Above image by Philips Design Portfolio: SKIN Dress.
At the tiniest end of the spectrum, researchers are busy recruiting quantum particles for computer processing and memory.[i] Pull back and discover that our Milky Way Galaxy apparently contains several tens of billions of Earth-size, potentially-habitable planets.[ii] Even the final inner frontier is being diligently mapped and accessed; you can now slip on a relatively cheap headset that reads your brainwaves and lets you control a robot. With. Your. Thoughts.[iii] However, most future-shaping technologies are a lot less obvious. Like the fog in the Carl Sandburg poem,[iv] they slip in on little cat feet, quietly trying to solve problems and in the process, unearthing answers in strange places.
Such as a women’s lingerie drawer.
Medical doctors in the 1960s needed a material both flexible and long-lasting for the artificial heart they were constructing. So they did what everyone did: went home and looked around for an object that resembled the tissue or organ they wanted to fix.[v] Unfortunately, girdles and blood don’t play well together; the fiber content of ladies’ shapewear induced blood clots, which could lead to strokes. In fact, many such found materials failed to live up to promise. “So I started thinking, could we have materials we could specifically design for medical purposes, rather than just taking them off the shelf,” says pioneering MIT biomedical engineer Robert Langer, Ph.D. He then developed a polymer wafer used in operations such as brain surgery, where it’s placed on tumors to treat them with targeted drugs. For such a small object, it required an enormous amount of cross-disciplinary activity involving at least ten different specializations, including polymer science, chemical engineering, chemistry, pharmaceutics, pharmaceutical science, neurosurgery, pharmacology, medicine, radiology and toxicology. Traversing the traditional boundaries between disciplines is now driving a lot of innovation. “I think the days of an individual working in a garage and coming up with major inventions that really make an impact are over,” adds neurosurgeon Henry Brem of Johns Hopkins Hospital. “It’s teams, now, of people with a unified purpose that work together and build on everyone’s expertise.”[vi]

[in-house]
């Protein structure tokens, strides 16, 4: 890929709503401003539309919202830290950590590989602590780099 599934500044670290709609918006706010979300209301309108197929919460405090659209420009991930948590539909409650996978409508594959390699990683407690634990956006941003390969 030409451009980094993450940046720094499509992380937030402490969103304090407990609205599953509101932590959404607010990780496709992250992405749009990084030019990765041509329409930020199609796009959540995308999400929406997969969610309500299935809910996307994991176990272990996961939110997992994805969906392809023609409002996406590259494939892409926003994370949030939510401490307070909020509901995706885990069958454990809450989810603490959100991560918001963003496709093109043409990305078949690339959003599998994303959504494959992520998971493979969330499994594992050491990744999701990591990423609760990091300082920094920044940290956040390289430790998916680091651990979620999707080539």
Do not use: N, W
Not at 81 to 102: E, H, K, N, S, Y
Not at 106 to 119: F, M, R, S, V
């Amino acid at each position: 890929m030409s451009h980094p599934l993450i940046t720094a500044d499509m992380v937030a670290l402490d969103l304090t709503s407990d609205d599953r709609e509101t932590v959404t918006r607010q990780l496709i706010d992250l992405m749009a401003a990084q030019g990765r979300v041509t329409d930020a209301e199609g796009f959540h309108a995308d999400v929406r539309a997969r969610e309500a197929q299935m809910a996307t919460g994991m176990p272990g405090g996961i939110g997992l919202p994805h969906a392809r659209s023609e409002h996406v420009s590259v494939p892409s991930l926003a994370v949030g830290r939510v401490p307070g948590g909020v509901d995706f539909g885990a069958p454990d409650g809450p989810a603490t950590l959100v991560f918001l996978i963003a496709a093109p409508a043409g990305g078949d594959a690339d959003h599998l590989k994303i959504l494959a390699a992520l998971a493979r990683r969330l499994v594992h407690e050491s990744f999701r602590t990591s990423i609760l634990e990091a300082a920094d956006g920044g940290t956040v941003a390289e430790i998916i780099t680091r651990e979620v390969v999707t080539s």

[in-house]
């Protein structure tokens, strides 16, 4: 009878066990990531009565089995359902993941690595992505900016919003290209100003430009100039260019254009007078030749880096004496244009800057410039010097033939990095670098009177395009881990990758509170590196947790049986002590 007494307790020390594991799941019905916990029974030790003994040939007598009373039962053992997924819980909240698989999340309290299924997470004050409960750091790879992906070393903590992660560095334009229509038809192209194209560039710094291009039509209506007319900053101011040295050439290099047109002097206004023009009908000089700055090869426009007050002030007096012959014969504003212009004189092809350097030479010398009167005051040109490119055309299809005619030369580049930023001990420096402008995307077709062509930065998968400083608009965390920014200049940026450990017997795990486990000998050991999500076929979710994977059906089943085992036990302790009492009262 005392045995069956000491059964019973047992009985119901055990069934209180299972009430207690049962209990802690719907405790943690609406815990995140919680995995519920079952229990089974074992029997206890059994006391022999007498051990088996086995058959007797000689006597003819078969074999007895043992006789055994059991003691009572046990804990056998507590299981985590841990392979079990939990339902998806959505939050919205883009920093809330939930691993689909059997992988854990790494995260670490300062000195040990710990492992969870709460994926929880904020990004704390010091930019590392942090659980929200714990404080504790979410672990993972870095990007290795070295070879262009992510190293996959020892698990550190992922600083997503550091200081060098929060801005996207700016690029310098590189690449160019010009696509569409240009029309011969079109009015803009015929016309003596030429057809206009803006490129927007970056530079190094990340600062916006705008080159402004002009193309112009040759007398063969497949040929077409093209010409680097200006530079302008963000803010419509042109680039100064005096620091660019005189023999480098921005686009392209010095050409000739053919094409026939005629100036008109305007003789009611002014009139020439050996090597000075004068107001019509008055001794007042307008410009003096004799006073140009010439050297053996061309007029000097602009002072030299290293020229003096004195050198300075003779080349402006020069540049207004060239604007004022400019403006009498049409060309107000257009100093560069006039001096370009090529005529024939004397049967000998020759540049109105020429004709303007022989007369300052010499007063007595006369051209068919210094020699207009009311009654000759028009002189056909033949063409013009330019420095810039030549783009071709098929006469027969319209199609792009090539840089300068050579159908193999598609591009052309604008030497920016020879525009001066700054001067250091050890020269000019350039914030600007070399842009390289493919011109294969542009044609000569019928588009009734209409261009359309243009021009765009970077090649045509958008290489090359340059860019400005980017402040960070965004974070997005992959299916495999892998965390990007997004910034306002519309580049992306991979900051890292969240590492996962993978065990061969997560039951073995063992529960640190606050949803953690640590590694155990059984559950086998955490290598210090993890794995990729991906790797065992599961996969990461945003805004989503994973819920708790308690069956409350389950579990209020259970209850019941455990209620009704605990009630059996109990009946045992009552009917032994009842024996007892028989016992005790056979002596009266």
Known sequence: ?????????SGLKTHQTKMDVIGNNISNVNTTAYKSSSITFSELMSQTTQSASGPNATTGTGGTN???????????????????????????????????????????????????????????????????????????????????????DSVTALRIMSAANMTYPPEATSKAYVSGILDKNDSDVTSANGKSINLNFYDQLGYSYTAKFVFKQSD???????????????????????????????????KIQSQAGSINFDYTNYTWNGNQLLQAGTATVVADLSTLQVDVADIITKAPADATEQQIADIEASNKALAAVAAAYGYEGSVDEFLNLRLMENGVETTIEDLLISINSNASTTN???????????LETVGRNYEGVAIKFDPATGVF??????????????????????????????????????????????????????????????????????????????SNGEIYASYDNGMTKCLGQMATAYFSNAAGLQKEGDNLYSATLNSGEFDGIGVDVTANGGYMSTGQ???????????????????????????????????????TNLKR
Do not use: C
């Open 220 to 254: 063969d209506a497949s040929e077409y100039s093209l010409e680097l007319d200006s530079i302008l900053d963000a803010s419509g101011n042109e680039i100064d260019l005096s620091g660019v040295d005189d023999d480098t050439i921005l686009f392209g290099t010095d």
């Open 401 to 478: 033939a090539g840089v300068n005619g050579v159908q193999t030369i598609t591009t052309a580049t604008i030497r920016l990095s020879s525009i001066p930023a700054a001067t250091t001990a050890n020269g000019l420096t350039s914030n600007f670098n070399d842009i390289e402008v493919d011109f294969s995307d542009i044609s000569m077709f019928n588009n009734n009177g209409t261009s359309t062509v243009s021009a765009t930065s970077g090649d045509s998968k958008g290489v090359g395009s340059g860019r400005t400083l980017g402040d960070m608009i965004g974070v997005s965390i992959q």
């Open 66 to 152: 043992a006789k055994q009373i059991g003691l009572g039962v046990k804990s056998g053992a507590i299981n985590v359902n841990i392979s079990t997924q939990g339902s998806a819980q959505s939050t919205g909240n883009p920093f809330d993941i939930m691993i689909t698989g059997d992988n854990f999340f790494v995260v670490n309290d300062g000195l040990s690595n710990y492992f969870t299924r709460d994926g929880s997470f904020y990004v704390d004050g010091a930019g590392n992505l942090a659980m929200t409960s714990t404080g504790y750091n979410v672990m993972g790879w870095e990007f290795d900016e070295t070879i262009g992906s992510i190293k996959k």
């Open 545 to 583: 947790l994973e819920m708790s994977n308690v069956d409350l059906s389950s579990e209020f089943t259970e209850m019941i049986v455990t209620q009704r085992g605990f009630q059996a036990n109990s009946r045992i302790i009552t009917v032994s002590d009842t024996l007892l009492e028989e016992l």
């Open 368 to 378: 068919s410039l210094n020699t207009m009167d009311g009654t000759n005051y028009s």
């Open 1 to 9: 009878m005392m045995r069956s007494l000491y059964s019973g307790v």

This development was predicted by biologist Edward O. Wilson in Consilience: The Unity of Knowledge (Vintage Books, 1998). “Disciplinary boundaries within the natural sciences are disappearing, to be replaced by shifting hybrid domains,” he writes. “These domains reach across many levels of complexity, from chemical physics and physical chemistry to molecular genetics, chemical ecology, and ecological genetics…There has never been a better time for collaboration between scientists and philosophers, especially where they meet in the borderlands between biology, the social sciences, and the humanities.”[vii] Any fragmentation of knowledge – and the chaos it causes – Wilson blames on the cloistered, insulated side of academe which thrives on territorial artifacts of scholarship at the expense of meaningful collaboration. “The greatest enterprise of the mind,” he continues, “has always been and always will be the attempted linkage of the sciences and humanities.” Negotiating this divide has resulted in a steady “jumping together” of knowledge, which 19th century Cambridge scholar/polymath/scientist/philosopher William Whewell termed consilience.[viii] “Consilience,” says Wilson, “is the key to unification.”[ix]
Consilience is also more elegant than omg or wtf?! in an era where…
fashion designers cultivate strawberries in an antioxidant-rich shade of inky black that grow matching lace doilies in the roots; nearby, a strain of super-spinach sprouts micro-biological transistors for the electronics sector.[x]